Lost in Space
The Actors Playhouse has a serious personality conflict. The Coral Gables company is known as a purveyor of cheerful lightweight entertainment that's rather like the upscale chain restaurants that are sprouting near its Miracle Mile location: The fare is uncomplicated and consistent, no challenges and no surprises. AP has had considerable success with this strategy, but when it strays toward more difficult fare, the result tends toward box-office disaster, with complaints and walkouts from regular patrons, as was the case with last season's Comic Potential and Floyd Collins. Yet AP also craves the artistic recognition that such shows bring: Of the 26 Carbonell nominations the theater pulled down this year, over half came from those two shows.
What to do? The theater apparently still feels the sting of controversy and has decided to play to its perceived strengths by packing its new season with commercial, low-risk shows, beginning with the season-opening musical Return to the Forbidden Planet. Like many AP shows, Planet offers baby-boomer music with a bland pop-culture context: Four Guys Named Jose played a generic Latin angle. Smokey Joe's Café did the same thing for R&B. Little Shop of Horrors referenced monster movies. Planet has a similar take on science fiction, and the theater used space-age language in its advance publicity: "October 1st blast off -- limited four week engagement -- It won't return for 60,000 years!" Hopefully, the theater is true to its word. The show is notable for its skilled production elements, but its script is so profoundly stupid, it makes Four Guys look like Lorca.
Like Little Shop of Horrors, Planet is a stage adaptation of a B movie from the 1960s, Forbidden Planet, that was itself based on Shakespeare's The Tempest. To this, British author Bob Carlton has added a string of late 1950s and '60s rock 'n' roll tunes, like "She's Not There," "Don't Let Me Be Misunderstood," and "Only the Lonely." Then, to gild this strange lily, Carlton uses a grab bag of Shakespearean quotes as the spoken dialogue.
The story line, such as it is, is straight-forward enough. A spacecraft commanded by one Capt. Tempest finds itself under the strange gravitational pull of a mysterious planet. Tempest and crew discover that this is the work of the planet's ruler, Dr. Prospero, who seeks revenge on his nemesis, his wife, Gloria, who is aboard the craft in disguise. But as Tempest sorts out what's going on, he falls for Prospero's blond bombshell of a daughter, Miranda, who has also caught the eye of Cookie, the ship's cook, who plots to gain her for himself. Author Bob Carlton presents most of this sci-fi spoof in the form of Shakespearean quotes, apparently in the mistaken belief that this is inherently funny. Instead, it's a one joke idea that plays and replays endlessly.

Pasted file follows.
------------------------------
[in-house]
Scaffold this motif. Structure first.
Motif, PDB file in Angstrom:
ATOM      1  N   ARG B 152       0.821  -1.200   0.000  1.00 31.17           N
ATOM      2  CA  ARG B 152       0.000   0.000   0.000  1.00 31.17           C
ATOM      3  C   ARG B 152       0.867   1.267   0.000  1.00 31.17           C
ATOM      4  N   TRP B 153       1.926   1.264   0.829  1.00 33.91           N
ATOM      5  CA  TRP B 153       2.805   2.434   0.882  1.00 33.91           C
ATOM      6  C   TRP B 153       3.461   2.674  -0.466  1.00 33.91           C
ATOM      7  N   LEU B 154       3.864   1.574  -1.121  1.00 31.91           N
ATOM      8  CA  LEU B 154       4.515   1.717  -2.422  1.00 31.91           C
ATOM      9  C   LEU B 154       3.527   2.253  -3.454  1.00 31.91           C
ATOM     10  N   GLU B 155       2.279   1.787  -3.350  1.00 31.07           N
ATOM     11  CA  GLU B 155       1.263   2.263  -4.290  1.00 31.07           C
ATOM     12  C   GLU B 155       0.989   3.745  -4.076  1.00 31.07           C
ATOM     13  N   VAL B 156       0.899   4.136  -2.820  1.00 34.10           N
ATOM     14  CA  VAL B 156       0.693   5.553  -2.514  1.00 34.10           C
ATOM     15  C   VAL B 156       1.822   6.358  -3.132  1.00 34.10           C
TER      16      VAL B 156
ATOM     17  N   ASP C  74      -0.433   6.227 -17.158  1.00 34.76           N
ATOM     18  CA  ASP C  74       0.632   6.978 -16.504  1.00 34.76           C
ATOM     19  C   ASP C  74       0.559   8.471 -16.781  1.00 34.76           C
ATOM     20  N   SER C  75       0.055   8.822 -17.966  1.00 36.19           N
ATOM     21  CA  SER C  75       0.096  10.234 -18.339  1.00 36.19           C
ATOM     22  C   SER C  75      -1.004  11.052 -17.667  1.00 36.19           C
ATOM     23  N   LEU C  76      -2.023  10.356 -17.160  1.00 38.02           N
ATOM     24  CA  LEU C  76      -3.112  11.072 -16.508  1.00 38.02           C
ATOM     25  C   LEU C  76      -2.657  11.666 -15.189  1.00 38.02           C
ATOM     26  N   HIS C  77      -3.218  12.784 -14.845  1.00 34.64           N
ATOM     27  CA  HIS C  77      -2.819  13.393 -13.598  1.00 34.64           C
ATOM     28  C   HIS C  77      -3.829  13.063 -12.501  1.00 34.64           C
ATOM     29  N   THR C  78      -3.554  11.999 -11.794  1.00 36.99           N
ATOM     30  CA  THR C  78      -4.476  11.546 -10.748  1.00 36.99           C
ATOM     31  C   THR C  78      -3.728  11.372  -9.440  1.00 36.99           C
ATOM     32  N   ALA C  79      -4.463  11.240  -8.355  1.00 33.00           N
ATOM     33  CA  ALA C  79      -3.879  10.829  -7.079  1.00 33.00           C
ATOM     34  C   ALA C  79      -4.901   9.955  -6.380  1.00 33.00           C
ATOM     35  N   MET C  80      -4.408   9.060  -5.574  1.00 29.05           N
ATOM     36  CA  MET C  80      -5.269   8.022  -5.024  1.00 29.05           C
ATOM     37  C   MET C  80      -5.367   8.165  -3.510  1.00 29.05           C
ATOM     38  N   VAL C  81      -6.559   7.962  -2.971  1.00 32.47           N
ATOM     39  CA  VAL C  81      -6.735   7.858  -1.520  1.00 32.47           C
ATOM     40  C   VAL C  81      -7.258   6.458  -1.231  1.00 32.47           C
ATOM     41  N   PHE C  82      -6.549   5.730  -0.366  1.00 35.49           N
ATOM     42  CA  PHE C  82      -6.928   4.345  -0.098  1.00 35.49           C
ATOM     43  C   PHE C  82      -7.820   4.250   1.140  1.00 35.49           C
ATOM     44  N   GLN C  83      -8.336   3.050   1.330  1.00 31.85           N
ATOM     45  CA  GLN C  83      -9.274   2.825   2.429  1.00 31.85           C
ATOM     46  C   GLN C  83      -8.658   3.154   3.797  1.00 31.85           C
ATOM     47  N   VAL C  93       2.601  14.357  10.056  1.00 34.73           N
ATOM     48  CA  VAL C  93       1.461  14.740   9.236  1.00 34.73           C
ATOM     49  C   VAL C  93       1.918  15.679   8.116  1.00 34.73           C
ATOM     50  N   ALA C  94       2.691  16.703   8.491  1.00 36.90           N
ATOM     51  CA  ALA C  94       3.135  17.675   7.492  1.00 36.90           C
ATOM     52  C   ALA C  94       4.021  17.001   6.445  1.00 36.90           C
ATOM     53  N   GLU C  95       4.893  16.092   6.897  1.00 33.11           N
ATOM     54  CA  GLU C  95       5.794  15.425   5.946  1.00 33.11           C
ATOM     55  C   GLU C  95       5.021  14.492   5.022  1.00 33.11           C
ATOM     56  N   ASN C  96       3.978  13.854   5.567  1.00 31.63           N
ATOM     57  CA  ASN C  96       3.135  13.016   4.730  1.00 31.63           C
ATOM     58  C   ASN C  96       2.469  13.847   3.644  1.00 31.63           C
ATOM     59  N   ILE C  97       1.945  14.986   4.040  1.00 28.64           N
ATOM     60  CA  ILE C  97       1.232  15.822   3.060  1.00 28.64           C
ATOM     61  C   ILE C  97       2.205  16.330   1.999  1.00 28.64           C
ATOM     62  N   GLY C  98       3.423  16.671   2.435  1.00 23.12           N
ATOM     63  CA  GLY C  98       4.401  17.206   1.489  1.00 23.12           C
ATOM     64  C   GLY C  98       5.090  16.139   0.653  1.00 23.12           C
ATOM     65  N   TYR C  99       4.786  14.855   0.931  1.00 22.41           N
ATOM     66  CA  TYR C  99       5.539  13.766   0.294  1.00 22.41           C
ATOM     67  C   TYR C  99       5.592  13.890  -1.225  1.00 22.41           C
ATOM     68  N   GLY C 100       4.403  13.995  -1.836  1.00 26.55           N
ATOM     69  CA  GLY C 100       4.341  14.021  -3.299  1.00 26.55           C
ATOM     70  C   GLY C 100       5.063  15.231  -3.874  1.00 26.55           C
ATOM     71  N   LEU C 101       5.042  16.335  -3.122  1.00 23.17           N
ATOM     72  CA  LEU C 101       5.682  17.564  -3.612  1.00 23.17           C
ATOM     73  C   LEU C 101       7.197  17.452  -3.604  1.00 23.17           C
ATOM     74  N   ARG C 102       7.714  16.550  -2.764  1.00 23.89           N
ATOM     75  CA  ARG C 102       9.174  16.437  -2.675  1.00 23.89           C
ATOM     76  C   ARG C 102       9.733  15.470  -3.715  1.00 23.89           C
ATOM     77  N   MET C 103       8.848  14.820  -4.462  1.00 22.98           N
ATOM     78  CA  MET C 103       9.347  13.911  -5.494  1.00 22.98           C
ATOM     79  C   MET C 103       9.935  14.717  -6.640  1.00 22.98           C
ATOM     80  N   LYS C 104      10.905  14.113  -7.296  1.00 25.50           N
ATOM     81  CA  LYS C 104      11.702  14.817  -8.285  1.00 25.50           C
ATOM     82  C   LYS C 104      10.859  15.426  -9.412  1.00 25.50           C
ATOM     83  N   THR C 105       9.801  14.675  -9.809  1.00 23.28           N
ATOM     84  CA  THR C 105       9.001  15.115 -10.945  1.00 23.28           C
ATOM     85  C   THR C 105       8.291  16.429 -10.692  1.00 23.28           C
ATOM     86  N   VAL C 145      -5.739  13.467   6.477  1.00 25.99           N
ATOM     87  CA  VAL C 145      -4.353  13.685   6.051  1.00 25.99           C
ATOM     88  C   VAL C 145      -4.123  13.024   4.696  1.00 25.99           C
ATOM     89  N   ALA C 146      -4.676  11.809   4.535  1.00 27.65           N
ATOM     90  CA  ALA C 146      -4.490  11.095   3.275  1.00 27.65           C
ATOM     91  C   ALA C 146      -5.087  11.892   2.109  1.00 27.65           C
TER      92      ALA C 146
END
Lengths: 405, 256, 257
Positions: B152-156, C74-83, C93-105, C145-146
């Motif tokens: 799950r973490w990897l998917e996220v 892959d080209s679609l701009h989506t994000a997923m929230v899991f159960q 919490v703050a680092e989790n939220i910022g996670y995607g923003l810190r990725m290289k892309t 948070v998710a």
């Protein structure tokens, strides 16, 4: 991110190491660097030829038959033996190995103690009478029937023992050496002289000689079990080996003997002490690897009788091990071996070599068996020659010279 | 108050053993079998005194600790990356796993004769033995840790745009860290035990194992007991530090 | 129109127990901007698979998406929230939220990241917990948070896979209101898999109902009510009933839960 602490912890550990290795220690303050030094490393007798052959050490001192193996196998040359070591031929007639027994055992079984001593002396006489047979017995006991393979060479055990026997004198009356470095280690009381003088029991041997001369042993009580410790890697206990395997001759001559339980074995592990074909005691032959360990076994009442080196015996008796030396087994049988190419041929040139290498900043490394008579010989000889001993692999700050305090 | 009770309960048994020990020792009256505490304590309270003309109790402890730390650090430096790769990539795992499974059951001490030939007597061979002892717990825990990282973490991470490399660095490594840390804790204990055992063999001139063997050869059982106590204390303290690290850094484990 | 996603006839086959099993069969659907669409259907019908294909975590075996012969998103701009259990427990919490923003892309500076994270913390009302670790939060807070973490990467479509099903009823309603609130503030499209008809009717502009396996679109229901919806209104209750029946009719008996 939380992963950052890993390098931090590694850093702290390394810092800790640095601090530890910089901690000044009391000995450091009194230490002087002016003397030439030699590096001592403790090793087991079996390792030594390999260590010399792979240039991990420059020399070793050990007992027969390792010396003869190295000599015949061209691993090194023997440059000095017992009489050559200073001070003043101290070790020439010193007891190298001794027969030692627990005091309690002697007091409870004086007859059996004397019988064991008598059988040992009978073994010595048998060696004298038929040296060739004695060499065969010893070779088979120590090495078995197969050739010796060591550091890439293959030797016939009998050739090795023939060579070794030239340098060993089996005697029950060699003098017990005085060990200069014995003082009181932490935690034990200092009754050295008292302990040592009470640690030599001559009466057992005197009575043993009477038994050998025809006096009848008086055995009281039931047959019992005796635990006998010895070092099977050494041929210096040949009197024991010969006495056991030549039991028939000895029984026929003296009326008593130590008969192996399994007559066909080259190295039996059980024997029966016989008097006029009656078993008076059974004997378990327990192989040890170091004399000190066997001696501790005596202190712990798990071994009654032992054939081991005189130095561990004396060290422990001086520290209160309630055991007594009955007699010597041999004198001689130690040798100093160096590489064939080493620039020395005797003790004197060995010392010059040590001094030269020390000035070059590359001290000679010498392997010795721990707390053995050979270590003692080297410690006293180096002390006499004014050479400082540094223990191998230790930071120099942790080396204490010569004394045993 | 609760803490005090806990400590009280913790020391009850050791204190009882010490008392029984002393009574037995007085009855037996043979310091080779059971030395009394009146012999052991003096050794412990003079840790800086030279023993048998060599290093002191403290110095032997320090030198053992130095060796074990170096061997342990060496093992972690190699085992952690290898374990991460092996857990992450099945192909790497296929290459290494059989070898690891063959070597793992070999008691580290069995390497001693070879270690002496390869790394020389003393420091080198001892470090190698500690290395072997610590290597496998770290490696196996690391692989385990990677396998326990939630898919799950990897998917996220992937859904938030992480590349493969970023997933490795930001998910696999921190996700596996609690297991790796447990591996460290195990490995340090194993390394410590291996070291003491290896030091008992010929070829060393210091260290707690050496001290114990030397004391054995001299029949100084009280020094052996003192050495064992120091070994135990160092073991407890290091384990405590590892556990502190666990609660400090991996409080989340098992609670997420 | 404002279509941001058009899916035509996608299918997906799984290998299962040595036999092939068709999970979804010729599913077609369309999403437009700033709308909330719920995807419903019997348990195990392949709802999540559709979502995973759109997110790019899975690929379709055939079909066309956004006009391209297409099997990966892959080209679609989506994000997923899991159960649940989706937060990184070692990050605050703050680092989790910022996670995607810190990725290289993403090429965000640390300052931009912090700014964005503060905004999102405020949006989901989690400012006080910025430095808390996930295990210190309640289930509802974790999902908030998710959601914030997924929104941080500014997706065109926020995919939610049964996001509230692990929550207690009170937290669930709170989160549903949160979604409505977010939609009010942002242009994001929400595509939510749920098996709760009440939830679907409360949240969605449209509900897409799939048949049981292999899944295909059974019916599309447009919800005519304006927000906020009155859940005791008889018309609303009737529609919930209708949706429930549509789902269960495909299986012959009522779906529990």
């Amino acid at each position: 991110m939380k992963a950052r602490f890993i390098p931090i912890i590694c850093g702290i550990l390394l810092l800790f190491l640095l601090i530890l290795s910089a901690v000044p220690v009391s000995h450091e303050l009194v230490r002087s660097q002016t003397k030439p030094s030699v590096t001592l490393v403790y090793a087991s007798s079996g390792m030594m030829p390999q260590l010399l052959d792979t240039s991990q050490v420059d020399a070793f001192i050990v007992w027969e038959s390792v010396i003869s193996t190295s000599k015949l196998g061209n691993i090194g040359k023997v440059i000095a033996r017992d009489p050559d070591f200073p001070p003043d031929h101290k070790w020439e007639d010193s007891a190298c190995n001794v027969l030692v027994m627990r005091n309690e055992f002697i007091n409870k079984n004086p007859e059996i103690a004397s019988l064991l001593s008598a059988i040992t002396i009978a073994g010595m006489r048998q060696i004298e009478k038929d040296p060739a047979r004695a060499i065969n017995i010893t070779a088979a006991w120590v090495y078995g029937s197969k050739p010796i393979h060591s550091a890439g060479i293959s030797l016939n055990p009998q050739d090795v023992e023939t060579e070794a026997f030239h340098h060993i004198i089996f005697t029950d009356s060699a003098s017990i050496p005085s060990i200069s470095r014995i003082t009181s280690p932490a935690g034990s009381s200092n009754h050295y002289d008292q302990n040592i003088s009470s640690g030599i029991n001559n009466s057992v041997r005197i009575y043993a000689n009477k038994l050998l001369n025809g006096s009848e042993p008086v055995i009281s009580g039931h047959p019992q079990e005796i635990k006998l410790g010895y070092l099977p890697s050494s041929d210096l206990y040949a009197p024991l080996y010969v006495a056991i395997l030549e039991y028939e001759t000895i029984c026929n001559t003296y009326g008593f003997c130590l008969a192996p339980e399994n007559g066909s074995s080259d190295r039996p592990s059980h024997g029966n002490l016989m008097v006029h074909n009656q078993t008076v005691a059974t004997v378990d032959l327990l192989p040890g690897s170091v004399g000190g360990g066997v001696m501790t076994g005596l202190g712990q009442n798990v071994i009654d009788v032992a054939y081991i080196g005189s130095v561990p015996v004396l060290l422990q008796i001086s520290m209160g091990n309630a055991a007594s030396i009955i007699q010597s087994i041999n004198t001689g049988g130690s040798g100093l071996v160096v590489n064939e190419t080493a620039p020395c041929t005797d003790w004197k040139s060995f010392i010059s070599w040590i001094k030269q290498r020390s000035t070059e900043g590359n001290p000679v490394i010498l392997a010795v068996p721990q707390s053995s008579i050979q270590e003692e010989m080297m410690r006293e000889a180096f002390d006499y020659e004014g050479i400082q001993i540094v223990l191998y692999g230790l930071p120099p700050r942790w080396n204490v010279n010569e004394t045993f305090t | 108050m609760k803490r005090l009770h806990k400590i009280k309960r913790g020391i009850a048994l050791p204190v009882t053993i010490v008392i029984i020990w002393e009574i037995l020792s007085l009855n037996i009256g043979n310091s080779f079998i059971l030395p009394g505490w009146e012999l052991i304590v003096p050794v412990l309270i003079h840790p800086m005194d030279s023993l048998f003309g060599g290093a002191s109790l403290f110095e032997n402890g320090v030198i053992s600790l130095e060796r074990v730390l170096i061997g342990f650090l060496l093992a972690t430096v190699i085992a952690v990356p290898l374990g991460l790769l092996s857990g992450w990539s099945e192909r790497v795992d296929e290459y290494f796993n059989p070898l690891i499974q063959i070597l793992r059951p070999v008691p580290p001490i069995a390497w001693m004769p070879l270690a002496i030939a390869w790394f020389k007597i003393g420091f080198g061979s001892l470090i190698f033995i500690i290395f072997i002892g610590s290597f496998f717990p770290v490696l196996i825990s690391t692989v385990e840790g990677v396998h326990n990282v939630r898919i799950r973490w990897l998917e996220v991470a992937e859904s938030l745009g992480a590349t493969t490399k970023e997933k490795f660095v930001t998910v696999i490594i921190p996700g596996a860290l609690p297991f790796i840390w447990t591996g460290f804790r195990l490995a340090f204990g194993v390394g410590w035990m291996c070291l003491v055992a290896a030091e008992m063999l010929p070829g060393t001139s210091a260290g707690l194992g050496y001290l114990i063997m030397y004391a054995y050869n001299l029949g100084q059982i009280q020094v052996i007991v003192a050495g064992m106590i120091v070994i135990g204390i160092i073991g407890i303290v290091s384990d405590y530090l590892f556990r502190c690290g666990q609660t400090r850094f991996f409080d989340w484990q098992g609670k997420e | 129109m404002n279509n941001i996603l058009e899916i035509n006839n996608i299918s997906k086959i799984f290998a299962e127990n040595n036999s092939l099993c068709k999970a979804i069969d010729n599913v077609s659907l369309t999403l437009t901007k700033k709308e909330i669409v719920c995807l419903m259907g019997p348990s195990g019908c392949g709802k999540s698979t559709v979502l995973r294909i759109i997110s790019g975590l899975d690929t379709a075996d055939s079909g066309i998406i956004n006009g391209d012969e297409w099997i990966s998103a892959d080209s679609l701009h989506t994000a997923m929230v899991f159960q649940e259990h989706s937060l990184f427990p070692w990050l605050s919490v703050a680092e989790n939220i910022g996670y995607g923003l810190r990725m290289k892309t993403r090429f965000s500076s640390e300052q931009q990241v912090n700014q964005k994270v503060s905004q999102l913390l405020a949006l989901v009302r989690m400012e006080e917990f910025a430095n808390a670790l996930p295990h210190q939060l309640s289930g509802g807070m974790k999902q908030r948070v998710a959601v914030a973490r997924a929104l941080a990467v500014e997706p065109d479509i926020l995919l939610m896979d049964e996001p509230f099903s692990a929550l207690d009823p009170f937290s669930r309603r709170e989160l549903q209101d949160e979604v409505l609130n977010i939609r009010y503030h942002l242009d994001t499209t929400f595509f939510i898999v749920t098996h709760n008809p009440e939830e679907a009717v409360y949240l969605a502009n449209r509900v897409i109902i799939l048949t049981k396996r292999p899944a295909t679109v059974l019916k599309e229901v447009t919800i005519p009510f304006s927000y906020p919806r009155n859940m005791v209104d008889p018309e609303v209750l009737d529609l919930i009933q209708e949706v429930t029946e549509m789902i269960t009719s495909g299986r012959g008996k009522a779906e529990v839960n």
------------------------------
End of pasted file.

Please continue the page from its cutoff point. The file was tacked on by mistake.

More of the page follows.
In addition to The Tempest, the script borrows from Romeo and Juliet, Julius Caesar, Hamlet, and an array of other Shakespeare plays. When Cookie plots against Capt. Tempest, he rips through Edmund's soliloquy from King Lear. When Prospero faints and falls to the floor, we get a snatch of the epilepsy scene from Othello. Though diehard Shakespeare fans may get a minor kick out of identifying the endless flurry of quotes, it's hard to imagine what regular Actors Playhouse audiences, which recoiled from Comic Potential, will make of all this.
This conceptual mess is partially rescued by director David Arisco's top-flight production team and a talented performing ensemble that knocks out the golden-oldie tunes with flair. As the battling spouses, Prospero and Gloria, Jonathan Laverentz and Stacey Schwartz bring a high camp operatic style and strong singing voices that really click with the material. Christopher A. Kent, as Capt. Tempest, and Francisco Padura, as Cookie, burn up the stage in the guitar-heavy rock numbers. The large cast, which includes AP regulars Terry M. Cain and Barry Tarallo, delivers solid support.
Arisco stages the proceedings as part musical/part rock concert in the style of The Rocky Horror Show which, along with Little Shop, Carlton is clearly striving to emulate. The large cast is on the two-tiered stage for most of the evening, as in a rock concert, and the dramatic action -- such as it is -- takes place down center. Arisco, who has always had a fondness for complex staging challenges, pulls out all the stops with this production, which includes a huge tentacled monster à la Little Shop and some nicely produced video sequences.
Perhaps the most inspired touch is casting the Miami Space Transit Planetarium's executive director, Jack Horkheimer, as the Star Gazer, who provides wry on-screen narration in iambic pentameter. Solid production support comes from Gene Seyffert's huge high-tech spaceship set and Mary Lynne Izzo's Star Trek-like costumes, though neither of these designers seems particularly inspired. Little wonder.
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